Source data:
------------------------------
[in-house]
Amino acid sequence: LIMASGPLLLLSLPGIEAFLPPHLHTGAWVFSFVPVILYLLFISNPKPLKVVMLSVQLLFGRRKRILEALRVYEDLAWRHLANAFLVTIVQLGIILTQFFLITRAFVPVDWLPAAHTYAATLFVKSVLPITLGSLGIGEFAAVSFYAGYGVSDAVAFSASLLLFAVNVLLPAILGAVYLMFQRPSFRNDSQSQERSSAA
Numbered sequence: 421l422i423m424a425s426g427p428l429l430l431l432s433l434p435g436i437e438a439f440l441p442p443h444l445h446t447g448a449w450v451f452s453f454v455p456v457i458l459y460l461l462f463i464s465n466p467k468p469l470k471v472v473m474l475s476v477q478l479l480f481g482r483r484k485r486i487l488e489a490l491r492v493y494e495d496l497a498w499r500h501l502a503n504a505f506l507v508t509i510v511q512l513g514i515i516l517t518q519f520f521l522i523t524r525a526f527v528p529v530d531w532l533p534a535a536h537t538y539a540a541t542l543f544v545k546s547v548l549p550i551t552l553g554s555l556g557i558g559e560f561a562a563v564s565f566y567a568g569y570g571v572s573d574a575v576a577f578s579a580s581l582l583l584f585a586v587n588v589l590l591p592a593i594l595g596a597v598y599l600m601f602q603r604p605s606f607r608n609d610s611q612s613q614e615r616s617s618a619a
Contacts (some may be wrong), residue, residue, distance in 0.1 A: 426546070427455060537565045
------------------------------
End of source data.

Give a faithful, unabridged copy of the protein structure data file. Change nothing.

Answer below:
[in-house]
Amino acid sequence: LIMASGPLLLLSLPGIEAFLPPHLHTGAWVFSFVPVILYLLFISNPKPLKVVMLSVQLLFGRRKRILEALRVYEDLAWRHLANAFLVTIVQLGIILTQFFLITRAFVPVDWLPAAHTYAATLFVKSVLPITLGSLGIGEFAAVSFYAGYGVSDAVAFSASLLLFAVNVLLPAILGAVYLMFQRPSFRNDSQSQERSSAA
Numbered sequence: 421l422i423m424a425s426g427p428l429l430l431l432s433l434p435g436i437e438a439f440l441p442p443h444l445h446t447g448a449w450v451f452s453f454v455p456v457i458l459y460l461l462f463i464s465n466p467k468p469l470k471v472v473m474l475s476v477q478l479l480f481g482r483r484k485r486i487l488e489a490l491r492v493y494e495d496l497a498w499r500h501l502a503n504a505f506l507v508t509i510v511q512l513g514i515i516l517t518q519f520f521l522i523t524r525a526f527v528p529v530d531w532l533p534a535a536h537t538y539a540a541t542l543f544v545k546s547v548l549p550i551t552l553g554s555l556g557i558g559e560f561a562a563v564s565f566y567a568g569y570g571v572s573d574a575v576a577f578s579a580s581l582l583l584f585a586v587n588v589l590l591p592a593i594l595g596a597v598y599l600m601f602q603r604p605s606f607r608n609d610s611q612s613q614e615r616s617s618a619a
Contacts (some may be wrong), residue, residue, distance in 0.1 A: 426546070427455060537565045